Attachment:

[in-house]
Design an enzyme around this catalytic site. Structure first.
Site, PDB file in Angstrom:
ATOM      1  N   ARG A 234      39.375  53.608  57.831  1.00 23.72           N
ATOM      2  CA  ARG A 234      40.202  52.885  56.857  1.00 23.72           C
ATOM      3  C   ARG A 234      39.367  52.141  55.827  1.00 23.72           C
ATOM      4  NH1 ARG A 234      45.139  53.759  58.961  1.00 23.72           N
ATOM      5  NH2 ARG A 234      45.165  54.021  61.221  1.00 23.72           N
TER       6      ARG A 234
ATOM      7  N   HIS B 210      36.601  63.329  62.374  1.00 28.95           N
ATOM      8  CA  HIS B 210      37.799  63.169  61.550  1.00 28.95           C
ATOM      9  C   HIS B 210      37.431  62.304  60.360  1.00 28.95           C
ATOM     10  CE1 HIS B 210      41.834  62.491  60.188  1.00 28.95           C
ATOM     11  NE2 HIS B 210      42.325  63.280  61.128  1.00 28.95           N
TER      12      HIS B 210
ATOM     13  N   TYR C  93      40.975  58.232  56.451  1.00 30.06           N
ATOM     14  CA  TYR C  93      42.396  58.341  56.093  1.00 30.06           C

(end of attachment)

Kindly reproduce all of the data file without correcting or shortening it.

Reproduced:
[in-house]
Design an enzyme around this catalytic site. Structure first.
Site, PDB file in Angstrom:
ATOM      1  N   ARG A 234      39.375  53.608  57.831  1.00 23.72           N
ATOM      2  CA  ARG A 234      40.202  52.885  56.857  1.00 23.72           C
ATOM      3  C   ARG A 234      39.367  52.141  55.827  1.00 23.72           C
ATOM      4  NH1 ARG A 234      45.139  53.759  58.961  1.00 23.72           N
ATOM      5  NH2 ARG A 234      45.165  54.021  61.221  1.00 23.72           N
TER       6      ARG A 234
ATOM      7  N   HIS B 210      36.601  63.329  62.374  1.00 28.95           N
ATOM      8  CA  HIS B 210      37.799  63.169  61.550  1.00 28.95           C
ATOM      9  C   HIS B 210      37.431  62.304  60.360  1.00 28.95           C
ATOM     10  CE1 HIS B 210      41.834  62.491  60.188  1.00 28.95           C
ATOM     11  NE2 HIS B 210      42.325  63.280  61.128  1.00 28.95           N
TER      12      HIS B 210
ATOM     13  N   TYR C  93      40.975  58.232  56.451  1.00 30.06           N
ATOM     14  CA  TYR C  93      42.396  58.341  56.093  1.00 30.06           C